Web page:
Fire, Burn and Scalds

Injuries from fires and burns are some of the most painful and severe that children can suffer. Luckily, most of them can be prevented by making a few easy modifications to your home and teaching your family what to do in case of a fire emergency. Each year, approximately 528 children ages 14 and under die due to unintentional fire- and burn-related injury.

Each year, approximately 116,600 children are treated for fire/burn injuries.

Scald burns, caused by hot liquids or steam, are more common types of burn-related injuries among young children compared to contact burns, caused by direct contact with fire, which is more prevalent among older children.
In 2006, there were 2,304 fireworks-related injuries among children under than 15 years of age.

  1. Among children ages 4 and under hospitalized for burn-related injuries, approximately 65 percent are treated for scald burns and 20 percent for contact burns.
  2. Among different types of fireworks in 2006, firecrackers were associated with the greatest number of estimated injuries at 1,300. There were 1,000 injuries associated with sparklers and 800 associated with rockets. Sparklers accounted for one-third of the injuries to children less than 5 years of age.
  3. Burns account for more than half of all fireworks-related injuries and primarily occur to the hands, eyes and head. Fireworks-related injuries peak during the month surrounding July 4, when 60 percent of them occur.

Where and How

  1. The majority of scald burns children experience, especially in ages 6 months to 2 years, are from hot foods and liquids spilled in the kitchen or wherever food is prepared and served.
  2. Hot tap water accounts for nearly 1 in 4 of all scald burns among children and is associated with more deaths and hospitalizations than any other hot liquid burns.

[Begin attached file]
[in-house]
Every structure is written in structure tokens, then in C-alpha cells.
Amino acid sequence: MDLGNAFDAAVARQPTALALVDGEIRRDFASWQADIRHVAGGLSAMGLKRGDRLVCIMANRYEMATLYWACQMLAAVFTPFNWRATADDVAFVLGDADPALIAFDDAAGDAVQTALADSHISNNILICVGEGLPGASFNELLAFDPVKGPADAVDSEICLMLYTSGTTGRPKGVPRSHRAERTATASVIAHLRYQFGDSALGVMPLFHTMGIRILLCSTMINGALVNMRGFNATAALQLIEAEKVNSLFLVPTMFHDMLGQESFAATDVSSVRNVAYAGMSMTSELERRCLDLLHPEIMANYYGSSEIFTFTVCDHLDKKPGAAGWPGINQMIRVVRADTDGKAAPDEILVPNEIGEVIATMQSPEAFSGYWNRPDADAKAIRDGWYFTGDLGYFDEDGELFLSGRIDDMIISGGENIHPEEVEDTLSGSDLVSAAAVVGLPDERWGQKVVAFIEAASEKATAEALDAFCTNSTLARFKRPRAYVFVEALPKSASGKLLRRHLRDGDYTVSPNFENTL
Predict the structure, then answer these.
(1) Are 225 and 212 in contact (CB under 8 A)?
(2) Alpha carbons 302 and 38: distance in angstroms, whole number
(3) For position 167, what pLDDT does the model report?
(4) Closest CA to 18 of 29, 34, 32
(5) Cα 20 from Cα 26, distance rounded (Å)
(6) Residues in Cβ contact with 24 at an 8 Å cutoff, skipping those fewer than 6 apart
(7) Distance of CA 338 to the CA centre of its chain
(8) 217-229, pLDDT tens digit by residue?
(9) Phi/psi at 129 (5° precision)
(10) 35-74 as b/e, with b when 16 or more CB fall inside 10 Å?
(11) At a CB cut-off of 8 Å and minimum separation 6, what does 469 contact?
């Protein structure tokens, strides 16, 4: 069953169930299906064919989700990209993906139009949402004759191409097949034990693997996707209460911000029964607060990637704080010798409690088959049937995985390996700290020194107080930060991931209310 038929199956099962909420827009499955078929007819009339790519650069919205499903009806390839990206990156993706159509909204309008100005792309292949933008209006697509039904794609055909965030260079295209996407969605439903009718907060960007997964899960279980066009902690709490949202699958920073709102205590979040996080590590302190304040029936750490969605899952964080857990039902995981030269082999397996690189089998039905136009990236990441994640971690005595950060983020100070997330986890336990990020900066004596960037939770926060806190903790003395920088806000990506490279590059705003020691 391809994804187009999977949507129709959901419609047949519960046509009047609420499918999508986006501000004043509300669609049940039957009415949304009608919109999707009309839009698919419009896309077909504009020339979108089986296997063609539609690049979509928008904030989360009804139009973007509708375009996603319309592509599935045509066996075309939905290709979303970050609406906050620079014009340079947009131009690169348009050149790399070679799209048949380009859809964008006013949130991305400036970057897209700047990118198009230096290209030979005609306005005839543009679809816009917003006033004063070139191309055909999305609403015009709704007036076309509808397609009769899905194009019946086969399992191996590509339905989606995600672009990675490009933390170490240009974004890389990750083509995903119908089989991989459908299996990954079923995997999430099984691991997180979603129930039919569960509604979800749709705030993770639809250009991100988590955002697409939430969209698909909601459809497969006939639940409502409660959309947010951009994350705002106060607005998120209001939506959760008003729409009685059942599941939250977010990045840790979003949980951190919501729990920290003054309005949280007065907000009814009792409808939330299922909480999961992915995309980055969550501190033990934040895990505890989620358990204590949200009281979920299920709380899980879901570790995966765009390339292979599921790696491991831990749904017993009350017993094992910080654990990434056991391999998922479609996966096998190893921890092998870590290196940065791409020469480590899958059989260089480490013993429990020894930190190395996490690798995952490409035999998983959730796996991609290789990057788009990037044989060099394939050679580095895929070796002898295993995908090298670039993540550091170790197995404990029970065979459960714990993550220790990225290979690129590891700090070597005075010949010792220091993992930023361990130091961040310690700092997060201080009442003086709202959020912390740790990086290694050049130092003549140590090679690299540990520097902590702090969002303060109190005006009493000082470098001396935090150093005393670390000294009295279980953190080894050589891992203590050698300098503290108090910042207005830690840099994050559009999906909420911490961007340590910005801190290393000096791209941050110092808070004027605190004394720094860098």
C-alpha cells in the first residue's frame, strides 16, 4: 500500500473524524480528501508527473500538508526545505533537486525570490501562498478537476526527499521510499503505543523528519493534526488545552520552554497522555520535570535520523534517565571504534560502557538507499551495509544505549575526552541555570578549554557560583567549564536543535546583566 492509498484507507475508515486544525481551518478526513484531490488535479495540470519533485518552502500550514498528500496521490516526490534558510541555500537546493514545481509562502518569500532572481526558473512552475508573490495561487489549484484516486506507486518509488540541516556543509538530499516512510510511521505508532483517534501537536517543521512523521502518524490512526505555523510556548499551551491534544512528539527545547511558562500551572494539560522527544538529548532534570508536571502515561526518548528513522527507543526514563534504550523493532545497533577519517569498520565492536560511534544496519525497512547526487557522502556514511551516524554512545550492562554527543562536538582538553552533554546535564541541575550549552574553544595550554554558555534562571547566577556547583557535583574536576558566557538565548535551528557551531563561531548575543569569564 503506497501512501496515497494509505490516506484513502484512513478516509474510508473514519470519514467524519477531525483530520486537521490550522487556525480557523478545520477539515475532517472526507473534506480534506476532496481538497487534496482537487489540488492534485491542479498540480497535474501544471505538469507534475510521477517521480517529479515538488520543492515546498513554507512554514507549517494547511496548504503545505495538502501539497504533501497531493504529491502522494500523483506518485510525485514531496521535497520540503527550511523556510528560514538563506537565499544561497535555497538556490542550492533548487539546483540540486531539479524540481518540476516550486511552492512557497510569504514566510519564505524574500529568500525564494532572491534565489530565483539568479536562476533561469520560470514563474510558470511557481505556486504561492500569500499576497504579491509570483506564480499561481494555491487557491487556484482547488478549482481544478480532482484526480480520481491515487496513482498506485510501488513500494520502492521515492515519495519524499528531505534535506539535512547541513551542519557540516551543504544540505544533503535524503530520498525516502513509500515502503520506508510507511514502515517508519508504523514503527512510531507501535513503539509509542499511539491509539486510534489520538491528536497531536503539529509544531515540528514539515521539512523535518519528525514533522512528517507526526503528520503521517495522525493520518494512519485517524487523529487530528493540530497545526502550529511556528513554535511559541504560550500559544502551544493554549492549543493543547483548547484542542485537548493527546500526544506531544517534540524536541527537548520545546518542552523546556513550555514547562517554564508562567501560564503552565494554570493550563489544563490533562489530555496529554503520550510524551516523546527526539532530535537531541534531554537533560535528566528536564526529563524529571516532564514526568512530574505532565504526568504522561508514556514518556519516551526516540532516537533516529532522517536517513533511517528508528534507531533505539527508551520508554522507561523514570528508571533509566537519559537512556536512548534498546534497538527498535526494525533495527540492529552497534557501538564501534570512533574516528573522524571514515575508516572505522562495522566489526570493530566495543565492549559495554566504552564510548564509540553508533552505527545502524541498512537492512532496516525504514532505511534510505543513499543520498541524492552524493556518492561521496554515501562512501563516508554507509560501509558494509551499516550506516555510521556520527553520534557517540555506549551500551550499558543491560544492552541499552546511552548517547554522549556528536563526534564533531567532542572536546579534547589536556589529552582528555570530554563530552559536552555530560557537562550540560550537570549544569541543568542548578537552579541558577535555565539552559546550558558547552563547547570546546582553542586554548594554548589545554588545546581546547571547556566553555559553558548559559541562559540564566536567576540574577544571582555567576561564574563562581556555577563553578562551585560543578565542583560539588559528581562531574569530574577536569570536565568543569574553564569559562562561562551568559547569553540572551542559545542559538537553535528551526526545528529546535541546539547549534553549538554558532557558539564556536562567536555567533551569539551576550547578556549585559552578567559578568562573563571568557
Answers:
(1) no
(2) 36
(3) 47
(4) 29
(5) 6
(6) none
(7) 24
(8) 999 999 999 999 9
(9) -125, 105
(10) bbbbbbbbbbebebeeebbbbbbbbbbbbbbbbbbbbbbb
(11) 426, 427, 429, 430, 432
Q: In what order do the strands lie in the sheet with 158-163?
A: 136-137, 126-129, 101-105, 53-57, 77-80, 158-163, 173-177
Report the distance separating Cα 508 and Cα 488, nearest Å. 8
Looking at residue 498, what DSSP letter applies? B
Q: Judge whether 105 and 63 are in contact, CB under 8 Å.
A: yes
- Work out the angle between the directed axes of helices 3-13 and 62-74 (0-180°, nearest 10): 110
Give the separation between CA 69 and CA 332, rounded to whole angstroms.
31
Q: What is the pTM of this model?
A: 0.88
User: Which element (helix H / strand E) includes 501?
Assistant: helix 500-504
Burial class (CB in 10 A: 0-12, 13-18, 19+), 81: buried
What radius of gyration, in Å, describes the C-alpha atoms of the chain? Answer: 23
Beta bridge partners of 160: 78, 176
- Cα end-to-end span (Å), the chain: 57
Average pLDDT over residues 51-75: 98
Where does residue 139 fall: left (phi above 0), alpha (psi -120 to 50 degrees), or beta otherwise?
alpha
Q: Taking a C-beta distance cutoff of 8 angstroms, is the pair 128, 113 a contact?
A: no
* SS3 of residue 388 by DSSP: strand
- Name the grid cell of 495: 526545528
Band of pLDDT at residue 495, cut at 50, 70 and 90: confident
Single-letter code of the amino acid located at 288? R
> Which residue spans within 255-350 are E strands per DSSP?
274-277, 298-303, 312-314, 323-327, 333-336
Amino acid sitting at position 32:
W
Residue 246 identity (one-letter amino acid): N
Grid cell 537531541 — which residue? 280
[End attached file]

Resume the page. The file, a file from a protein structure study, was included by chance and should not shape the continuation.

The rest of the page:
3. Tap water burns most often occur in the bathroom and tend to be more severe and cover a larger portion of the body than other scald burns.


  1. Children under 4 years of age and children with disabilities are at the greatest risk of burn-related death and injury, especially scald and contact burns.
  2. Male children are at higher risk of burn-related death and injury than female children.
  3. Children in homes without smoke alarms are at greater risk of fires and fire-related death and injury.
  4. Children ages 5 to 14 are at the highest risk of fireworks-related injuries. However, children ages 4 and under are at the highest risk for sparkler-related injuries.



  1. In the United States, the total annual cost of scald burn-related deaths and injuries among children ages 14 and under is almost $44 million. Children ages 4 and under account for $39 million, or more than 90 percent, of these costs.
  2. Total charges for pediatric admissions to burn centers average $22,700 per case.


 Proven Interventions

  1. Smoke alarms are extremely effective at preventing fire-related death and injury. The chances of dying in a residential fire are cut in half when a smoke alarm is present.
  2. On average, a $33 smoke alarm produces $940 in benefits to society in the United States.
  3. Less porous cigarette paper, which reduces the chance of cigarette fires, costs $0.0001 per pack and generates $0.07 in benefits to society.
  4. Child resistant cigarette lighters, which makes it more difficult for a child to ignite the lighter, cost $0.04 per lighter and generate $3.17 in benefits to society.
  5. Hot tap water scalds can be prevented by lowering the setting on water heater thermostats to 120 degrees Fahrenheit or below and by installing anti-scald devices in water faucets and shower heads.

Laws and Regulations

  1. Many communities have established local ordinances or building codes that require the installation of anti-scald plumbing devices in all new construction. These laws have been effective in reducing the number of scald burn deaths and injuries associated with hot tap water.
  2. The U.S. Consumer Product Safety Commission (CPSC) mandated a requirement for all disposable and novelty cigarette lighters to be child-resistant. Since this standard has been in effect, the number of child-play lighter fires has declined 58 percent; the number of deaths and injuries associated with these fires has declined 31 percent and 26 percent, respectively.
  3. CSPC has issued regulations requiring children’s sleepwear be flame-resistant and self-extinguish if a flame causes it to catch fire. Children’s sleepwear must be either flame-resistant or be snug-fitting.


 Safety Tips

Fire Prevention Tips

Burn Scalds Information